Venom: Let There Be Carnage Movie Review
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Venom: Let There Be Carnage (2021) is the kind of movie you watch when you want superhero fare, but nothing that requires deep thinking.
In the sequel to Venom (2018), Eddie Brock Tom Hardy) isn’t much better off than he was after his fiancée left him. Co-habiting with his alien symbiote, Venom, they have forged an uneasy alliance. Eddie won’t let Venom eat bad guys, on account of the previous body count, so it’s subsisting on chocolate and chicken brains. There is a lot of upheaval in Eddie’s life, starting with the dissolution of his longtime relationship with Anne (Michelle Williams) and her engagement, and his interview(s) with serial killer, Cletus Kasady (Woody Harrelson) which earn him fame and (apparently) a lot money.
The side story to this carnival is the Cletus/Frances Barrison (Naomie Harris) love affair that has spanned decades. Cletus and Frances were lovers at the orphanage where they grew up until Frances developed mutant abilities (sure) and was sent away and presumed dead. Cletus being unhinged never stopped loving her (okay), and killed a lot of people, either in tribute or out of boredom (we will never know). When a chance encounter with Eddie/Venom introduces a symbiote to Kasady, he becomes Carnage. Hilarity ensues (but not really).
Venom: Let There Be Carnage is kind of a mess. It’s the kind of movie that sounds like an actor was allowed to develop the story and direct the dialogue because there is an unusual amount of unnecessary dialogue and scenery-chewing. There are beautifully quiet scenes that would work better without the extra words (because someone wanted to act). When Eddie isn’t mumbling to himself, he’s throwing himself around the room and ruining the potential return of his security deposit. Naomie Harris’ Frances Barrison is really just Pirates of the Caribbean’s (2006, 2007) Tia Dalma without the bad teeth – which is a shame because as Moneypenny (No Time to Die , Spectre , Skyfall [2012)]) she’s delightfully understated, letting the strength of the character speak. Here, she’d given barely controlled lip-licking and one-liners that feel written by people who heard one-liners spoken once while walking through a crowded room. Her character exists solely as a carrot to Cletus’ actions, and it’s an honest waste in an already crowded film of tenuous connections, superhuman leaps of logic, and scene transitions that are as jarring as they are baffling. Harrelson’s Kasady is given a jumble of lines about family and friendship and love and loss, but there is no foundation for his soapbox monologues, at least nothing that was left in the film. It leaves you scratching your head because when he says he only wanted a friend, there wasn’t nearly enough interaction between Eddie and Kasady to establish even a passing acquaintance.
There was too much angry Venom and not enough “odd couple” relationship between Eddie and Venom. If this is a year after the events at Life Foundation and they’re still arguing about how they want to proceed with the rest of their shared existence, it’s no wonder Anna left Eddie.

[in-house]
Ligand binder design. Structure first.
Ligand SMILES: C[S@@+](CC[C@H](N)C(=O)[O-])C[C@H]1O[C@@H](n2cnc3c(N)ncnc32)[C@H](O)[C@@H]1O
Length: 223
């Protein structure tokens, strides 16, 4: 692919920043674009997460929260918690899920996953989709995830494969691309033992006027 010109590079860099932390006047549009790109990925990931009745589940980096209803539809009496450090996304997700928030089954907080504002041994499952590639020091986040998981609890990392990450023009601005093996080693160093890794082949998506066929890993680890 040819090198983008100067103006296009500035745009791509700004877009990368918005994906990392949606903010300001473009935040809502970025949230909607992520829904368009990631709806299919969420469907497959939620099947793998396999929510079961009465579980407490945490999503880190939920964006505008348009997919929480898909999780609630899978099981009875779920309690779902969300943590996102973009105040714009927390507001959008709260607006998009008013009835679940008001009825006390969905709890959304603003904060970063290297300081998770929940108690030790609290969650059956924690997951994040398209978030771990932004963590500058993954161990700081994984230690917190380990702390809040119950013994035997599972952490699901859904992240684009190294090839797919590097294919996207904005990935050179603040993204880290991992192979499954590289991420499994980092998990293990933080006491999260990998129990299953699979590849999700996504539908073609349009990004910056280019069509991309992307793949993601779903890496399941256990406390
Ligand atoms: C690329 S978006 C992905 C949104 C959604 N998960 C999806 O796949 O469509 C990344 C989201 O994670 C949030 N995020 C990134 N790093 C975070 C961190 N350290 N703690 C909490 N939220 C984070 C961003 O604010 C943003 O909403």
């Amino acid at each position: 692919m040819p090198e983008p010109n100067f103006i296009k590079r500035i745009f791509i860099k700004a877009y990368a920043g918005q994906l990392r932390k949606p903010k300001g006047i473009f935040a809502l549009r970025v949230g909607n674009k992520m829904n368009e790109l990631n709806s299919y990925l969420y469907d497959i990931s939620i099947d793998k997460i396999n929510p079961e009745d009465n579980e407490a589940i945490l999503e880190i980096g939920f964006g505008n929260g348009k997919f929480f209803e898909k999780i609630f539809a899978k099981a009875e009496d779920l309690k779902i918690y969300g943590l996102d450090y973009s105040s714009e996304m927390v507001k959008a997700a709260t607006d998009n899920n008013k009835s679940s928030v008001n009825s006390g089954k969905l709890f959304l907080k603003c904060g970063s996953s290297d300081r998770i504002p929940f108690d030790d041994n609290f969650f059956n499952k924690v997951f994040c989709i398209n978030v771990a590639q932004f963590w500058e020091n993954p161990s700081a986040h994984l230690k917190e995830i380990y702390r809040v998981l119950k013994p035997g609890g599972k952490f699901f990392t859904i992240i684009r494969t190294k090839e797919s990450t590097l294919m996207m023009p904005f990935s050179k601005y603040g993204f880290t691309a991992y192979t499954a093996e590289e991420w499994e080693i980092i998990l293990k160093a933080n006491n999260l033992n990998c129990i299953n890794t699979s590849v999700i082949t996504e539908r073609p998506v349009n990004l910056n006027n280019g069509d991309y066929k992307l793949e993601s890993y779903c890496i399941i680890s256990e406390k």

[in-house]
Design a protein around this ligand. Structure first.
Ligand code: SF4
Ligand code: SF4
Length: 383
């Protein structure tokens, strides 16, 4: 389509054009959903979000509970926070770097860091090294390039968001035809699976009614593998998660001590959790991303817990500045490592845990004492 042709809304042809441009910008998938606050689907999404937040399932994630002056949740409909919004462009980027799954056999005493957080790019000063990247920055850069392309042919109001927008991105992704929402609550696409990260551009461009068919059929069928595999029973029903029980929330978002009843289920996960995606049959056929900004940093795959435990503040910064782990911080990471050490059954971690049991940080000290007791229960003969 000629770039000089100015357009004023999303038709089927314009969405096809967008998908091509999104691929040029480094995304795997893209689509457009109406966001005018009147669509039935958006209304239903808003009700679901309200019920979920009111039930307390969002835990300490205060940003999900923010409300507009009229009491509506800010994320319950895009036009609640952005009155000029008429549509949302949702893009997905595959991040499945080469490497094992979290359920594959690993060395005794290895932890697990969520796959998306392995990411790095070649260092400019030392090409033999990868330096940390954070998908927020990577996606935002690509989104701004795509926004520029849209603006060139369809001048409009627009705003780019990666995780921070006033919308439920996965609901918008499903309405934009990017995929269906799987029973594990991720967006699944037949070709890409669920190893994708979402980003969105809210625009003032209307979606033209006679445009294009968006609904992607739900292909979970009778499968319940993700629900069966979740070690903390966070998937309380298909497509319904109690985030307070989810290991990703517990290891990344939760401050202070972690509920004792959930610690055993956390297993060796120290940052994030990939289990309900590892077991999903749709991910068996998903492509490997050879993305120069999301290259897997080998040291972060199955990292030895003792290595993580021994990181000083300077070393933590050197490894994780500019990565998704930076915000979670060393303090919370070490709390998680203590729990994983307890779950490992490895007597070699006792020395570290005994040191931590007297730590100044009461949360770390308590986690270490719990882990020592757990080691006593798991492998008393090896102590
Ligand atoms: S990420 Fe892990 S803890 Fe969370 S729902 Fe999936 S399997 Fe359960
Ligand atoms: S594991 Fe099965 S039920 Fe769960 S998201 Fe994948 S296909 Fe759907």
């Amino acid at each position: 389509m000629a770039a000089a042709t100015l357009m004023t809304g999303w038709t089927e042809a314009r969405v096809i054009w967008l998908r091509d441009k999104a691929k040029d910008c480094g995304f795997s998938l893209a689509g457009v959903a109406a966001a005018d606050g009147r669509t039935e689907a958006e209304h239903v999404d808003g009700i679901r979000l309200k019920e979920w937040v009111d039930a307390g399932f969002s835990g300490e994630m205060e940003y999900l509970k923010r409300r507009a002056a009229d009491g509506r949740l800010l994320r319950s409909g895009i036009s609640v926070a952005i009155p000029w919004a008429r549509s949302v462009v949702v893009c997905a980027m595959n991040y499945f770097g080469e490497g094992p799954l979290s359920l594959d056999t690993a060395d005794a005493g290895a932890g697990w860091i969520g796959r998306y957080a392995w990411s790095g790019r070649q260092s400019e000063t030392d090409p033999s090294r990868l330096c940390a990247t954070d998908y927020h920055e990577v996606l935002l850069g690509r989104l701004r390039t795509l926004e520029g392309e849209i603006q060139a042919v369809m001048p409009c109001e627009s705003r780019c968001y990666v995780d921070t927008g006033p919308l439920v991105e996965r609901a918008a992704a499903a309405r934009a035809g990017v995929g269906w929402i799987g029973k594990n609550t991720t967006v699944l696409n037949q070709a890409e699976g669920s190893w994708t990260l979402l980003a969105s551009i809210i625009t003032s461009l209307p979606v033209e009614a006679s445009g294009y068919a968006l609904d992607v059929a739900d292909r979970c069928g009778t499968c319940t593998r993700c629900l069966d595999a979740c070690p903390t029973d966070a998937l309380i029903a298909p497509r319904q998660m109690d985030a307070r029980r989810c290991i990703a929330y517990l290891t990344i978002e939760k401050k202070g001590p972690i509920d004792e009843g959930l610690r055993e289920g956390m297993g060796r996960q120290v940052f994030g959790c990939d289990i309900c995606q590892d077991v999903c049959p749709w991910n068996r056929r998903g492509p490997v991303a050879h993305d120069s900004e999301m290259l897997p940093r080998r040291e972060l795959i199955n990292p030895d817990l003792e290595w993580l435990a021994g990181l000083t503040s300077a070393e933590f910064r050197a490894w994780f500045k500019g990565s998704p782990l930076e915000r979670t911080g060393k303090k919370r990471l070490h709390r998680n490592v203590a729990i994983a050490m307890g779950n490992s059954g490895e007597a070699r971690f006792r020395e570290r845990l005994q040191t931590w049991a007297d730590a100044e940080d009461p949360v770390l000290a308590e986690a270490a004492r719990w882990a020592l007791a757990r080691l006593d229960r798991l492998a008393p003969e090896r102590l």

And that’s what a lot of Venom: Let There Be Carnage is, way too many ideas shoehorned, piledriven, and heavily dosed into 90 minutes that could have, with proper script doctoring and an honest fleshing out of ideas, been a respectable 2 hours. It would have given sense and depth to very hollow characters. We can’t like Eddie because he was a schlub when we meet him and isn’t given anything more to do than be a schlub with a notebook and a Ducati. Cletus Kasady is bad because we’re told he’d bad and a 45 second info dump, while entertaining, isn’t enough to give rise to a character who knows way more than he should – before the symbiote joined him. The whole love angle with Cletus and Frances – no. that relationship is bonkers, even by superhero movie standards.
There’s a particularly bad scene where Carnage literally becomes the deux ex machina finding information on the Internet that probably isn’t on the Internet. Could there have been better ways to find that information without insulting the audience? Absolutely. Do I believe the person who wote that scene (okay, Kelly Marcel) had any understanding about HIPPA, confidential police files, and the difference between Inter- and Intranet? Absolutely not.
I want you to know, I didn’t hate this movie, but I wasn’t wowed by it either. Too many holes, too many leaps from scene to scene, and I don’t like it when movie writers and directors assume I’m either a superfan or an idiot. Movies like this are too expensive to assume your audience is either one or the other. Wait for streaming on this, and don’t pay more than $3.99 to rent.
Venom: Let There Be Carnage (2021) is rated PG-13 for swears, people getting run through with symbiote limbs, people getting their heads bitten off, people getting thrown at and through walls, and some dark humor that almost works.
Mind yourself, there is a mid-credit scene opening the doors to a cross-over event that’s been a decade in the making, and if Tom Hardy gets his way, another jumbled mess of a Venom story.